I kind of made these sketches really fast, you can see the body position repeating, not as many details as you might expected from me, but they are only sketches so I'll settle for that. I don't quite remember why I chose this colour scheme, but in the end, this combination between pink and green, could never go wrong. What I particularly like in this collection are the veils, gloves and hair, that white with pale accents of green and pink. My personal favourite is sketch no 4.
Which one is yours?





watercolours and markers on paper 21 x 29,7 cm



09 November 2009

liberating style magazine feature


This week was a good week for art. I was featured in a magazine from the US, called Liberating Style, for their November issue. There's also an interview where I talk about, obviously, art. I think it's a great opportunity and I'm grateful for it. I'm also really happy that this way, my art travelled the ocean to places I didn't even reach, it's really amazing.

Photos by: Ina Muntean & Albu Mihai
You can view and read the rest of the magazine Here.

07 November 2009

traditional

 It is time for a bit of patriotism. We're one month away from "celebrating" 20 years from the revolution (this video is a presentation of the city of Timisoara, my hometown, with pictures and a song from December 1989, when our country became free from Communism), therefore this post came just in time.


I made this one in 2005, when I was still in high school, based on the Romanian traditional culture. There are some symbolic elements in this composition that define the traditional feel, those being Constantin Brancusi's Endless Column, traditional pots, wagon wheels, old sculptured gates and elements from the national Romanian costume and regional traditional costume.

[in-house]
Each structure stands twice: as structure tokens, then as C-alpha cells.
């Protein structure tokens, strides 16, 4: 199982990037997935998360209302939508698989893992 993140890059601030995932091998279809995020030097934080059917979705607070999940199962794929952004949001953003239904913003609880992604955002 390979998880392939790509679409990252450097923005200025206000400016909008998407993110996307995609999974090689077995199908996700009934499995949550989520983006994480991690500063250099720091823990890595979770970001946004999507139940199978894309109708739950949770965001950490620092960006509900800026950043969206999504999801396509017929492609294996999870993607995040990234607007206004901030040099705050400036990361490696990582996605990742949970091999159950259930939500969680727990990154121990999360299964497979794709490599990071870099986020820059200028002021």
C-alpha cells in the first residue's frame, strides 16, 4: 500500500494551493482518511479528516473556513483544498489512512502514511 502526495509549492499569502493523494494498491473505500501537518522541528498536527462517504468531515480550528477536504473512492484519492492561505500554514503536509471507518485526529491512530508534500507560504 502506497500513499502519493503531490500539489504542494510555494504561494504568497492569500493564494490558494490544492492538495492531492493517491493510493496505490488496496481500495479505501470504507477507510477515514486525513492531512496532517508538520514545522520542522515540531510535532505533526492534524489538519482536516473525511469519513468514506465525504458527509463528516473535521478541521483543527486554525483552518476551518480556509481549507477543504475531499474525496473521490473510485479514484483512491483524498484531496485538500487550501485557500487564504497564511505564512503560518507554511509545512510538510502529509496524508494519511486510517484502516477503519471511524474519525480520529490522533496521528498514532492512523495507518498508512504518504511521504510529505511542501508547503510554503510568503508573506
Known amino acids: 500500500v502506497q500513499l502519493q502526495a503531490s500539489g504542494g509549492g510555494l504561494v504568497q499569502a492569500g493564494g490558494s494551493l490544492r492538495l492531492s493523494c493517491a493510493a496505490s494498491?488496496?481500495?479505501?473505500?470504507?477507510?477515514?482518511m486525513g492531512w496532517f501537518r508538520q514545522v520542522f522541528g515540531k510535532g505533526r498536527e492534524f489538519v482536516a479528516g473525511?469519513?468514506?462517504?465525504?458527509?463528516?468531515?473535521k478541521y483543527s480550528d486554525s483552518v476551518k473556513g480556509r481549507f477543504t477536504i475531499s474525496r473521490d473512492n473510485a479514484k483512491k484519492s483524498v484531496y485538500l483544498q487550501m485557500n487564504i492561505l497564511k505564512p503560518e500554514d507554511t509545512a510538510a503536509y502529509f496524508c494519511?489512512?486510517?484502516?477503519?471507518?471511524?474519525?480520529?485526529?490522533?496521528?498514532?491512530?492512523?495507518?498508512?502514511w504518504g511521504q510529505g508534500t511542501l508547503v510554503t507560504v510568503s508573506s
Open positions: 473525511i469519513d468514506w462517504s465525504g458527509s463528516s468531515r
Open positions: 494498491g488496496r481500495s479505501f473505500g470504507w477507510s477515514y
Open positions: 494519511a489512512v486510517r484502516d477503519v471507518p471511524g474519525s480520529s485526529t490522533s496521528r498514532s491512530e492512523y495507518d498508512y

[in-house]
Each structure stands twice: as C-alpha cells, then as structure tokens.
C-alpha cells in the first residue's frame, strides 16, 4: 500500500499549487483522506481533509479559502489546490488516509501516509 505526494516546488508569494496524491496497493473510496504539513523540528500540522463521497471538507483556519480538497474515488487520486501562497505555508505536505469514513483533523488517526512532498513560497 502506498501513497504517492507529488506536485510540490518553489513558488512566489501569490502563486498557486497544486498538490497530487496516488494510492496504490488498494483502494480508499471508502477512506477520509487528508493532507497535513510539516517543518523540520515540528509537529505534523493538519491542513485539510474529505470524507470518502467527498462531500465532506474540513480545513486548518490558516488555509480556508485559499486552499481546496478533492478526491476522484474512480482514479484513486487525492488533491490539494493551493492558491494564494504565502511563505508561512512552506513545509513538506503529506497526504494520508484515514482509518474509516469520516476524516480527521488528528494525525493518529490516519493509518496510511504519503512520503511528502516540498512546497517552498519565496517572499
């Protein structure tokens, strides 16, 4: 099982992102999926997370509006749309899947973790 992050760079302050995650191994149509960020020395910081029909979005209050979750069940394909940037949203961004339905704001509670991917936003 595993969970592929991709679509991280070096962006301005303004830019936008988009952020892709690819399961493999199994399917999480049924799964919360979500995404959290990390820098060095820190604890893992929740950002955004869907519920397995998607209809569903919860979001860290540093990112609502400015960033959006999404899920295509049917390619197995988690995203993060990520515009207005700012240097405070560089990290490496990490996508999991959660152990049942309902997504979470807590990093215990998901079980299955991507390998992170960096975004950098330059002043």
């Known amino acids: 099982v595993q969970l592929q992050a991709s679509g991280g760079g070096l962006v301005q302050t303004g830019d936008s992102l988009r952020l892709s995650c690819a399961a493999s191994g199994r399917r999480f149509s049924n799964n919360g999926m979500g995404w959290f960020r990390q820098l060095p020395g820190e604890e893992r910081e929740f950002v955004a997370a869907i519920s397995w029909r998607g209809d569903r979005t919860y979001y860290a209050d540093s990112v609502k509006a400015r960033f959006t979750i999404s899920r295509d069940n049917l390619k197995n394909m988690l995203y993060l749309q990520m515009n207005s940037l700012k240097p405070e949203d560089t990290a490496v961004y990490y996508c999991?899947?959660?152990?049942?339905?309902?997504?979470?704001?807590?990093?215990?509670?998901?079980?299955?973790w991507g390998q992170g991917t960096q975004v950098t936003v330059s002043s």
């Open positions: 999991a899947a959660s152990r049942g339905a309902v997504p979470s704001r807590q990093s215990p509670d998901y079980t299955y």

So now I gave you a little history lesson about my country. The colours are very eclectic, but the main ones are the colour from the national flag (blue, yellow and red).


This one has the same inspiration but with more of a modern, theatrical twist. I put the Romanian touches in the geometric patterns, some designs and techniques of the outfits. The painting became a Daily Deviation on dA, so I'm very happy that it got such a response and people loved it that much. So thank you! I painted this in the summer time, so you can definitely see the warm and happy influences of the season in the colour palette.

04 November 2009

surrealist fashion


I think this is the most extreme example of my style defined by the mixture between fashion design and painting. The idea behind this composition is the transposition of a surrealist painting onto a human figure, dressing it with the painting itself. The theme was very creative, most certainly not wearable but about the ability of creating a sculptural piece.
The paintings that I used here are Chirico's Hector and Andromache and Boccioni's The Street Enters the House.


For this one, the theme was almost the same, only this time, the inspiration came from literature. The painting was featured in an exhibition in 2004, the theme was Rhinoceros and it represented a book written by Eugen Ionesco, a Romanian writer, in 1959. The idea was to create a dress made from a rhino, not a real one, obviously. Again, the concept was to create something dramatic and sculptural instead of something ready-to-wear. I really suggest some themes like this, if you want to boost your creativity, it doesn't have to be all about patterns and cuts and stitches, at least not from the very beginning.